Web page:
How our research was conducted
SOUTH AFRICA’S BIG FOUR banks will criticise our research. They will question its methodology. They’ll challenge the assumptions. They’ll argue their average client doesn’t bank in the way our ill-informed fictional family does. Besides, who actually uses cheques nowadays? Some may even take out advertising campaigns to try to mitigate any damage our findings cause. We know that because it’s what they’ve done following our previous published research over the years.
Each one of us banks differently. We have different needs and requirements. How many of us actually know what we pay our bank for its services? Unless you pay a monthly flat fee to your bank, you probably don’t have an accurate idea of what the numerous charges on your bank statement represent.
Even if you do pay a flat fee, you have no idea what each transaction costs and whether you in fact get value for money. In one month you may use all the transactions in the bundle you pay for and the next you may use only half of them. You’ll only notice extra charges if you carry out transactions outside the regular ambit of what you do in a normal month.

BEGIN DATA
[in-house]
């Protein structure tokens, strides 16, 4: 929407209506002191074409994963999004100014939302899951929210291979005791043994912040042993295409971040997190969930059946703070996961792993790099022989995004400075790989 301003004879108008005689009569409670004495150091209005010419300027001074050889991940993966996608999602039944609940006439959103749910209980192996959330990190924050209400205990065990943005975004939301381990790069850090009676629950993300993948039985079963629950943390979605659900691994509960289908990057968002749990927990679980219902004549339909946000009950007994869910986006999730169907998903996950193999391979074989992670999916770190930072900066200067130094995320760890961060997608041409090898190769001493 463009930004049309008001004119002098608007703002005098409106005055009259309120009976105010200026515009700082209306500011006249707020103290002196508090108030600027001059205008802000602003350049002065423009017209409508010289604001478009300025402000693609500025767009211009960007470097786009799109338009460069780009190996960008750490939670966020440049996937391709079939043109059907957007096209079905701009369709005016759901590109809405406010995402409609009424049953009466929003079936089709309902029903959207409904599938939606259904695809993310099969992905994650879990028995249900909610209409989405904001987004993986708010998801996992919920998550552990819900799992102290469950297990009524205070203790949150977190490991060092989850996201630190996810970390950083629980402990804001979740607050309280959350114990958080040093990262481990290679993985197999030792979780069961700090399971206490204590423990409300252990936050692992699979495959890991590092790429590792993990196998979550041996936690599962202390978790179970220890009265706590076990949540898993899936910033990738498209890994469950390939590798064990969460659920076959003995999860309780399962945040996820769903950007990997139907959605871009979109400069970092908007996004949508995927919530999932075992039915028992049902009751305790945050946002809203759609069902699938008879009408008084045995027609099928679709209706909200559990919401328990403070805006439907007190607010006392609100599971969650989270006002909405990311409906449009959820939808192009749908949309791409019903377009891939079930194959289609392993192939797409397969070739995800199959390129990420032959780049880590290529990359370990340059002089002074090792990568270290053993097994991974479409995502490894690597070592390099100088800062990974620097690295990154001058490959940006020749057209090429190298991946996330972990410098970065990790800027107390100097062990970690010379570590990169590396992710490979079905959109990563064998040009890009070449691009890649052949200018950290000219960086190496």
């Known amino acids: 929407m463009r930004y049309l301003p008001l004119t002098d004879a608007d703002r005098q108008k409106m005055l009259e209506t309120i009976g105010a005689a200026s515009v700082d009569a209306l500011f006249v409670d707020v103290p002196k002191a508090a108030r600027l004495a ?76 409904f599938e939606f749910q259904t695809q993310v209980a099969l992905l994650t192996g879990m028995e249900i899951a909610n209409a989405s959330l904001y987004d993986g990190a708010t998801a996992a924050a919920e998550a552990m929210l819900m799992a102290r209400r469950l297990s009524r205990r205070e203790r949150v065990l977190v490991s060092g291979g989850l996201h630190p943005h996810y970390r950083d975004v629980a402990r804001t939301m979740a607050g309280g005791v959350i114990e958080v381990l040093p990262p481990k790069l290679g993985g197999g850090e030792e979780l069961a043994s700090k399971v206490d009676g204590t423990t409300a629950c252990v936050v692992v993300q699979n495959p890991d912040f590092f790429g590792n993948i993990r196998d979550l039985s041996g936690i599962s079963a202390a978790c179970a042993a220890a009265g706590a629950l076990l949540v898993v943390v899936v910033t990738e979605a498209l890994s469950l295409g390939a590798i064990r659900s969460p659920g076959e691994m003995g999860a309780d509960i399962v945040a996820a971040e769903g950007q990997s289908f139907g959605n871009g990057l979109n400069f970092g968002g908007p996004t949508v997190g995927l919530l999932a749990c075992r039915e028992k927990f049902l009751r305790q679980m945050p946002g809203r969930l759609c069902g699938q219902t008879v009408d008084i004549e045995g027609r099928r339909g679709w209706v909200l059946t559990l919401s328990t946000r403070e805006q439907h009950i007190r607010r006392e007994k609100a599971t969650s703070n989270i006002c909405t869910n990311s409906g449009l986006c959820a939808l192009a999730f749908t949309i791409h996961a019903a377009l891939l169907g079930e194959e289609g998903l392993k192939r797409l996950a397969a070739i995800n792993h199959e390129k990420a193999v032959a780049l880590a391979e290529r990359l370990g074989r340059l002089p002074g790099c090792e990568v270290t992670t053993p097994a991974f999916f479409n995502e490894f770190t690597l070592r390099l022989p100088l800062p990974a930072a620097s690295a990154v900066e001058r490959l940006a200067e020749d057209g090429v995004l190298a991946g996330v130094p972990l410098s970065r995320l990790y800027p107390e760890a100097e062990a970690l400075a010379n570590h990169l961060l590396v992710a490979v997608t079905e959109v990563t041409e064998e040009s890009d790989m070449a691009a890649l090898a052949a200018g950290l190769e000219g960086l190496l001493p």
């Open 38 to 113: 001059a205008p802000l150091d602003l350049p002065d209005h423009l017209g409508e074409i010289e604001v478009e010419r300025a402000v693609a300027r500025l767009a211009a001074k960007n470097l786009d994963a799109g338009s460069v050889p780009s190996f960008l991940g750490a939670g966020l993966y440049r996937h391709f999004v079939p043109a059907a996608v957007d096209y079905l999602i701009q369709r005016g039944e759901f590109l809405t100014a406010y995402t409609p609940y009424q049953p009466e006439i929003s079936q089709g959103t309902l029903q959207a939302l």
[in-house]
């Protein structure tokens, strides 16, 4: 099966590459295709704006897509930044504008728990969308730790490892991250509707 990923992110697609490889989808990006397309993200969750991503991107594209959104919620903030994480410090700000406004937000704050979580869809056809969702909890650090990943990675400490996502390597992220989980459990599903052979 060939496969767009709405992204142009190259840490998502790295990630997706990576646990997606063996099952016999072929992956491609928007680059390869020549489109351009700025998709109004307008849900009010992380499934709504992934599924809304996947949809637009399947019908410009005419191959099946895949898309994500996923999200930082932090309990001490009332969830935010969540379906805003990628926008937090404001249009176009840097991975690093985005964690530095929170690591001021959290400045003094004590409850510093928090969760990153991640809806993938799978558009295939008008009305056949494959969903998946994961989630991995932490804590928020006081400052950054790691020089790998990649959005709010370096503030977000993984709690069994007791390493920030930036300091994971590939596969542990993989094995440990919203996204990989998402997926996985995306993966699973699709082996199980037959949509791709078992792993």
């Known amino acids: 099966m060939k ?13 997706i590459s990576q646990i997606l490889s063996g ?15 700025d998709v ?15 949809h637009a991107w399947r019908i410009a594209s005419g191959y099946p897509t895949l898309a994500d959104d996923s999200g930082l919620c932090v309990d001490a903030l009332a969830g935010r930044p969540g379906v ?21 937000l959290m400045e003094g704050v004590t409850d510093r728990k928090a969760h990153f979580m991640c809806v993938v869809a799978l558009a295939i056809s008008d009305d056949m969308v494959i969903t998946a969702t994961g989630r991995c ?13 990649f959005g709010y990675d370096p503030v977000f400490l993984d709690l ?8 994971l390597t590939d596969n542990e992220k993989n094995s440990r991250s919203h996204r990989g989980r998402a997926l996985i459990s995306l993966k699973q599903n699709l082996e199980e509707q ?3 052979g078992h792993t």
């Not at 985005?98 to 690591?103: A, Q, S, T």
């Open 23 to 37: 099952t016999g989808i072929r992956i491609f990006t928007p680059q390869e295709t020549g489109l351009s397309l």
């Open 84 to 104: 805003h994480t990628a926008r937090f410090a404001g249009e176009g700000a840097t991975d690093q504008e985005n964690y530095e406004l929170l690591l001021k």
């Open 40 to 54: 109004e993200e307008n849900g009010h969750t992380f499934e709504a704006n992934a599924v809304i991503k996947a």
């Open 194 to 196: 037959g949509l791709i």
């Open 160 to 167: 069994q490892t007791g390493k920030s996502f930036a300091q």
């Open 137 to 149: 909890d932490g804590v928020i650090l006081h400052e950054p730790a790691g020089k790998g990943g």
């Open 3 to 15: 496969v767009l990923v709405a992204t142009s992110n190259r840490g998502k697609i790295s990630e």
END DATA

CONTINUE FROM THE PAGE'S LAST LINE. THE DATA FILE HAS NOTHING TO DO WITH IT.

You certainly don’t know what makes up any one of the myriad of charges and how the banks get to the figure levied on you.
In order to be consistent we’ve maintained the same methodol- ogy employed in our first research project in 2005. We want to ensure we’re able to provide comparable statistics. We relied on the professional ability of one of Johannesburg’s most respected audit and forensics firms to conduct the work, using only the information that we, as clients, can access. If they made an error, we suspect many of us would also have made at least the same mistake.
We stipulated that our family should operate: • Two current accounts, with one debit card on each account, each with an overdraft facility of R10 000, with an annual card protection fee. • Each account should also have
a chequebook. • Two garage cards, with
card protection fees. • Two credit cards, with
card protection fees. • One Internet banking
account. • Mortgage debt of
R500 000. • Two car loans of R150 000 each. All cards and accounts were to be held at the same bank.
We then assumed a series of transactions a typical family might carry out each month and instructed Deloitte to price the activities across the banks.